Also according to the Data Book, the number of 2007 individual returns audited with AGI levels between $1 million and $5 million were nearly 35 percent higher than those audited with AGI levels between $500,000 and $1 million. Taxpayers with AGI exceeding $5 million, while representing only 0.03 percent of all individual tax returns filed, were examined at the rate of 16.24 percent of the total number of returns filed at this level of AGI, higher than audits of all other levels of AGI combined. Another interesting and likely continuing focus of IRS enforcement efforts include those returns reporting no AGI, which often happens, more so during periods of recession, when a taxpayer reports losses or deductions that exceed total income.
We expect even greater audit activity in the foregoing categories plus enhanced information matching by the IRS.
We expect increased audit emphasis on the growing area of pass-through entities. Audits of S corporation and partnership returns are at their highest level in more than 10 years and have increased by more than 25 percent since fiscal year 2007. Perhaps because of the increase in S corporation and partnership audits, audits of large C corporations are down from previous years, however, audits of C corporations with $5 million or more in total assets have increased.
We anticipate greater IRS attention in pass-through businesses as well as sole proprietors in high-risk industries.
We expect increased hits, quicker assessments and stronger collection efforts in connection with non-filers.
In addition to examinations of returns filed, the IRS examined more than 158,000 cases in which no return was filed. These nonfiler cases were referred for examination by the Collections Program and the Automated Substitute for Return Program, or ASFR. In the ASFR Program, the IRS uses information returns (such as Forms W-2 and 1099) to identify people who failed to file a return and constructs tax returns for certain nonfilers based on that third-party information. Also, the Automated Underreporter Program, or AUP, is another tool used by the IRS for enforcement purposes. In addition to receiving information about taxpayers' self-reported income and tax on returns that are filed, the IRS gathers independent information about income received and taxes withheld on information returns, such as Forms W-2 and 1099 from employers and other third parties. With its AUP, the IRS matches these information returns to tax returns and contacts taxpayers to resolve discrepancies.
The IRS uses a variety of methods to select returns for examination, including computer scoring, identification of potential participants in abusive tax avoidance transactions, information matching and random sampling. We expect greater proficiency from the IRS in the deployment of these methods.
One of the IRS's primary methods used in selecting returns is the Market Segment Specialization Program, or MSSP. The MSSP focuses on the industry the taxpayer is in rather than on the type of return the taxpayer files, the amount of gross income reported or the ratio of deductions to income. Compliance activity is organized around market segments where practical. A market segment can be an industry such as construction, a professional group such as attorneys or an issue such as tax shelter transactions. Individual market segments are then assigned to examiners with auditing experience, training and research responsibilities in that area. Interestingly, lawyers and law firms have been subject to heightened scrutiny longer than most of the other targeted groups, and we expect no let up in the foreseeable future.
Another primary method used in selecting returns is a computer program called the Discriminant Index Function, or DIF. Under the DIF, a return is scored by mathematical formulas. The chances of an audit increase as the DIF score increases. Some of the items that may increase a DIF "score," and therefore increase audit risk, include:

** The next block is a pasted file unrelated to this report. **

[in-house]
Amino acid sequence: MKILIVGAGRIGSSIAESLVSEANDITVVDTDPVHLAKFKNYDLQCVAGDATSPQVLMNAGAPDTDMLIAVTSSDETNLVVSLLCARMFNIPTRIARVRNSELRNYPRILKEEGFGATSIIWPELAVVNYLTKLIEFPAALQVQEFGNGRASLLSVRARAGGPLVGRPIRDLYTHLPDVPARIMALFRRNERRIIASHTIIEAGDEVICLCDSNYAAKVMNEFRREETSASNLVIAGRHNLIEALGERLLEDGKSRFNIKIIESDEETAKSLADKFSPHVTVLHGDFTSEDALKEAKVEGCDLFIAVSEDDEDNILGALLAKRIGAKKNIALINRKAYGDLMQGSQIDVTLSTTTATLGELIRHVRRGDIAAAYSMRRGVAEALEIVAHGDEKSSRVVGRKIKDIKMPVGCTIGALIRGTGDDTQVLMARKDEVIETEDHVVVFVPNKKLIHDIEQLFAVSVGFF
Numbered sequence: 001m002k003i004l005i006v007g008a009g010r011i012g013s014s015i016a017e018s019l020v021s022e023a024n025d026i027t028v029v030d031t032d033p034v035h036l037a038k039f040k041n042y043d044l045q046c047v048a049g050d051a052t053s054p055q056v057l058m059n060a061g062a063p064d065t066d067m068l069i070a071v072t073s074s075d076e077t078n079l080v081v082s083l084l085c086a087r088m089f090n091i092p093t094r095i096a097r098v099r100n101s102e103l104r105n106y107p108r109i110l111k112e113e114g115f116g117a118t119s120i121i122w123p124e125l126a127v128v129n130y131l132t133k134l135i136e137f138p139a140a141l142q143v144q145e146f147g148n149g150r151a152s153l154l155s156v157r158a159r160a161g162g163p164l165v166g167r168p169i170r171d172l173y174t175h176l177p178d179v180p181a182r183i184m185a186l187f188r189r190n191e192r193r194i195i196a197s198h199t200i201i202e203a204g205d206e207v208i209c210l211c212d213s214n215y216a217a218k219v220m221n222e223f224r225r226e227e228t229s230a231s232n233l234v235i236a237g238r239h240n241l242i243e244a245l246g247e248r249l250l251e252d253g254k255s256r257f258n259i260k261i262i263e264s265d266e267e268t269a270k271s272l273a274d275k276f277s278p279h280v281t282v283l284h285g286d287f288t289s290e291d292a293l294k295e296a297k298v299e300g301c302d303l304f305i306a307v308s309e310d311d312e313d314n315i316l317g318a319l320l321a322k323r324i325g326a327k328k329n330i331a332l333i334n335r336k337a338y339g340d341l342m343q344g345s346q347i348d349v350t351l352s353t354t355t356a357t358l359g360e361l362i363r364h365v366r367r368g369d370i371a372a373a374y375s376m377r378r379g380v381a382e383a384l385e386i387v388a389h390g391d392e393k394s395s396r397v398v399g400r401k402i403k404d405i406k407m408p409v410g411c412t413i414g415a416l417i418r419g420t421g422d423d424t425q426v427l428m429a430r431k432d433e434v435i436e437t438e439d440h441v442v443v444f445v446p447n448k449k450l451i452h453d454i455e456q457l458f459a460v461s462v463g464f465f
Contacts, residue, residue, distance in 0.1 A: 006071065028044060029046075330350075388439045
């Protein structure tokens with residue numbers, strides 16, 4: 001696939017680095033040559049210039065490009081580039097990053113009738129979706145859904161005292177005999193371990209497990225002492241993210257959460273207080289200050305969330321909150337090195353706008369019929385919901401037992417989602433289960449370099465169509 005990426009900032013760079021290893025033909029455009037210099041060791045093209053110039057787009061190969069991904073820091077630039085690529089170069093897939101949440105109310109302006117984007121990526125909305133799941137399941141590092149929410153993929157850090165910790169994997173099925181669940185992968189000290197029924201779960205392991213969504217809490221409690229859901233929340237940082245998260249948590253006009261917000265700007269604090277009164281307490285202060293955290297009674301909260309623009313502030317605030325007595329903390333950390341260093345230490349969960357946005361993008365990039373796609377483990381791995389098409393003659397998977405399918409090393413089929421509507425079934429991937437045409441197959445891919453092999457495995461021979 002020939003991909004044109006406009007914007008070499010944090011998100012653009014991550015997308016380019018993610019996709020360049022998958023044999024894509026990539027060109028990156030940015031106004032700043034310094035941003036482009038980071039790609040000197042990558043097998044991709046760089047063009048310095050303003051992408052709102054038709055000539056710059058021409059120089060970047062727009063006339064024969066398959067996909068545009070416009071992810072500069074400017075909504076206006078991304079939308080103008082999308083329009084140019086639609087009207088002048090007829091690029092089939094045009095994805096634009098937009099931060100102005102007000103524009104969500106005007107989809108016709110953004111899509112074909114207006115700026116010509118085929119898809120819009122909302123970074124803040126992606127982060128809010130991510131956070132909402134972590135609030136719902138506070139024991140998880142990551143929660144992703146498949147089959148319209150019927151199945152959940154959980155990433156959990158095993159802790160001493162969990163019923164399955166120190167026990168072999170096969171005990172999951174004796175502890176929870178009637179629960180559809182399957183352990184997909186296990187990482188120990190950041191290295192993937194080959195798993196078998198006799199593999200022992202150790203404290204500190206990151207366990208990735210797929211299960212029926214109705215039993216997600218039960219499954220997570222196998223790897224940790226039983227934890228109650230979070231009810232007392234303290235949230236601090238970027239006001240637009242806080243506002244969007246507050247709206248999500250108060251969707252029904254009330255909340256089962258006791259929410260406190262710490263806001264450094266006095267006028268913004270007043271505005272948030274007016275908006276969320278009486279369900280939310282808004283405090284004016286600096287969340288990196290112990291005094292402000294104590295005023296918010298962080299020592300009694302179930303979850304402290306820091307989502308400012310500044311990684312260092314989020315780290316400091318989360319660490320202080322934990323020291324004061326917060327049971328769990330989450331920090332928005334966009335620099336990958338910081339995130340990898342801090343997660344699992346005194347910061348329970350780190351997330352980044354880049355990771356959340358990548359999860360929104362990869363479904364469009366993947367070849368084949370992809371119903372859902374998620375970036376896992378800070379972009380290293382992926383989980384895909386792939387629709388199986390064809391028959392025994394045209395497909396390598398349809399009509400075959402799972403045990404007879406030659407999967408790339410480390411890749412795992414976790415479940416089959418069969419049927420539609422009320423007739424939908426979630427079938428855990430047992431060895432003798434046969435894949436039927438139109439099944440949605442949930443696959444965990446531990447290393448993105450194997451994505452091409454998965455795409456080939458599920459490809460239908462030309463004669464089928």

- Higher income, greater than $200,000.
- Losses from a flow-through entity, such as a partnership, S corporation or limited liability company.
- Deductions/losses disproportionate to income.
- High non-cash charitable contributions.
- Large business meals and entertainment deductions or other business or unreimbursed employee deductions.
- Low income with large business deductions.
- Large casualty losses.
- Little or no profit from a business operation.
- Hobby losses.
- Self-employment income or a low gross profit margin from self-employment income.
Worker classification examination will likely also increase. The IRS realizes misclassification of employees as independent contractors is costly in terms of lost or delayed collections of income taxes as well as social security taxes.
Paid tax preparers, self-preparers and those with offshore accounts — watch out. In addition to those taxpayers reporting activity in the risk areas noted above, the IRS is expected to increase its enforcement efforts on those tax preparers and taxpayers preparing and filing fraudulent tax returns, as well as those with documented or suspected unreported or underreported offshore income. In fact, the IRS reported on Aug. 19, in news release 2009-75, that they are about to receive unprecedented information on U.S. holders of accounts at the Swiss bank UBS. Consequently, the IRS is expected to continue its relentless pursuit of U.S. taxpayers with foreign financial accounts.
Based on historical targets and the new IRS strategic plan, it is evident that the IRS will continue the trend of its increased enforcement efforts. It is, therefore, critical for taxpayers to ensure their tax records are organized and up-to-date. Additionally, taxpayers may wish to engage a tax professional to conduct a "simulated audit" for the purpose of reviewing record-keeping policies and existing tax positions and obtaining advice on correcting problems or deficiencies that would likely be targets of an IRS examination.
In the event you or a client is contacted by the IRS regarding an audit or an adjustment, consult with a qualified tax professional immediately. It is usually more efficient and less costly for a tax professional to represent taxpayers before the examination and collection division of the IRS.